Ultimate Clocks; September 2002; Scientific American Magazine; by W. Wayt Gibbs; 8 Page(s)
Dozens of the top clock makers in the worldconvened in New Orleans one muggy week this past May to present their latest inventions. There was not a mechanic among them; these were scientists, and their conversations buzzed with talk of spectrums and quantum levels, not gears and escapements. Today those who would build a more accurate clock must advance into the frontiers of physics and engineering in several directions at once. They are cobbling lasers that spit out pulses a quadrillionth of a second long together with chambers that chill atoms to a few millionths of a degree above absolute zero. They are snaring individual ions in tar pits of light and magnetism and manipulating the spin of electrons in their orbits.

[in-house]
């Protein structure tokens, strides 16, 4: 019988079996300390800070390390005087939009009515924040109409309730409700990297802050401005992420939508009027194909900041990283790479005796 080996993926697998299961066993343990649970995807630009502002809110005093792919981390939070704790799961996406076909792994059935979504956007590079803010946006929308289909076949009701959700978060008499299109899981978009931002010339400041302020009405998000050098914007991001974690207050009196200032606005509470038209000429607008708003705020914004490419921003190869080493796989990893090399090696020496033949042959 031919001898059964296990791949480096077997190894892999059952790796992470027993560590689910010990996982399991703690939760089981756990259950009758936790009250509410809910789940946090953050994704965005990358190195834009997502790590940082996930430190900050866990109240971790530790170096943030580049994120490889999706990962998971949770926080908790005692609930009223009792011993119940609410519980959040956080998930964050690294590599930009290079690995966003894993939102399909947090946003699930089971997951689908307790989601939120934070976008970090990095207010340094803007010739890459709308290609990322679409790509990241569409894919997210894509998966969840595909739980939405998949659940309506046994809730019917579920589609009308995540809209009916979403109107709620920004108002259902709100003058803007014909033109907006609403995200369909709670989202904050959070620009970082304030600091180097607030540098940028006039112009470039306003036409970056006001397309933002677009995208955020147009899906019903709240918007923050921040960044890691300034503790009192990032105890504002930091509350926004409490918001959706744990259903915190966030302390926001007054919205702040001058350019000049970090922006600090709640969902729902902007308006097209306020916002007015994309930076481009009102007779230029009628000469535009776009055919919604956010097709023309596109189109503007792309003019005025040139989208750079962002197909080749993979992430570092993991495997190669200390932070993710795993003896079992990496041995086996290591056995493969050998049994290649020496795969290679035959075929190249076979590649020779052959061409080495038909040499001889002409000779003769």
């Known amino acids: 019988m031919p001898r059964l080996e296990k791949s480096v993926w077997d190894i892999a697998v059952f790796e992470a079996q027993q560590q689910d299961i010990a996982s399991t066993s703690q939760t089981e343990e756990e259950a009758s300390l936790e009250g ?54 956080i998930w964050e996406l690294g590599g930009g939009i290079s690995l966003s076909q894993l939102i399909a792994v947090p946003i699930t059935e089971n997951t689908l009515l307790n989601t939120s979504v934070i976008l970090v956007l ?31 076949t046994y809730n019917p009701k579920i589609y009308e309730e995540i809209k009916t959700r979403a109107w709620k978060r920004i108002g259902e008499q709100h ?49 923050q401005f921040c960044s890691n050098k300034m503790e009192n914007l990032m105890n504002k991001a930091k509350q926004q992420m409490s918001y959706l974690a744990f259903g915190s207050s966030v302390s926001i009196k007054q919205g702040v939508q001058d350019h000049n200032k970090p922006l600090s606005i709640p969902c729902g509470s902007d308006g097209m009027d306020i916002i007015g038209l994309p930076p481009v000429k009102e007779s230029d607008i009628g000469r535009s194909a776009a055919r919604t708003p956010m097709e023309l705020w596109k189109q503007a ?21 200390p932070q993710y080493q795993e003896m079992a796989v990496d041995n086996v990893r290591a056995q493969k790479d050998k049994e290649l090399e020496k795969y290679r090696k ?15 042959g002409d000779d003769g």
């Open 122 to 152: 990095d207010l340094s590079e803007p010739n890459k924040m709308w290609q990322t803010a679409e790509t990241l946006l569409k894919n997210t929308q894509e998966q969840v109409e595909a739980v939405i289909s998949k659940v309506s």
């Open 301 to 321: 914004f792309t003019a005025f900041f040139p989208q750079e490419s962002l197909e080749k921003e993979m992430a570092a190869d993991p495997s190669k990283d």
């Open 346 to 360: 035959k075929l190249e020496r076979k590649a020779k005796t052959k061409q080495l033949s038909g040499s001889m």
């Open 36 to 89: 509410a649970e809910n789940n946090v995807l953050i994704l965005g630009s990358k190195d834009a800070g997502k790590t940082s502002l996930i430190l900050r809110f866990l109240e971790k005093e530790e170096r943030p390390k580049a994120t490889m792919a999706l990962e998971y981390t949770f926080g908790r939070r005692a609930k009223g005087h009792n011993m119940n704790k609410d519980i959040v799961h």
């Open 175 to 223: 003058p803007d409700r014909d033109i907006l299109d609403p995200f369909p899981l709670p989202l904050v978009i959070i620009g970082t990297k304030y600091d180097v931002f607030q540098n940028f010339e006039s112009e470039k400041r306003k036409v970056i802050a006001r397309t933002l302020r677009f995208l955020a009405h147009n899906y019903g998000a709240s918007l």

And thanks to major technical advances, the art of ultraprecise timekeeping is progressing with a speed not seen for 30 years or more. These days a good cesium beam clock, of the kind Agilent sells for $63,000, will tick off seconds true to about a microsecond a month, its frequency accurate to five parts in 1013. The primary time standard for the U.S., a cesium fountain clock installed in 1999 by the National Institute of Standards and Technology (NIST) at its Boulder, Colo., laboratory, is good to one part in 1015 (usually written simply as 10-15). That is 500 times the accuracy of NIST's best clock in 1975. But space-based clocks set to fly on the International Space Station by 2005 are expected to tick with uncertainties better than 10-16. And successful prototypes of new clock designs--devices that extract time from calcium atoms or mercury ions instead of cesium--lead physicists to expect that within three years, accuracy will reach the 10-18 range, a 1,000-fold improvement in less than a decade.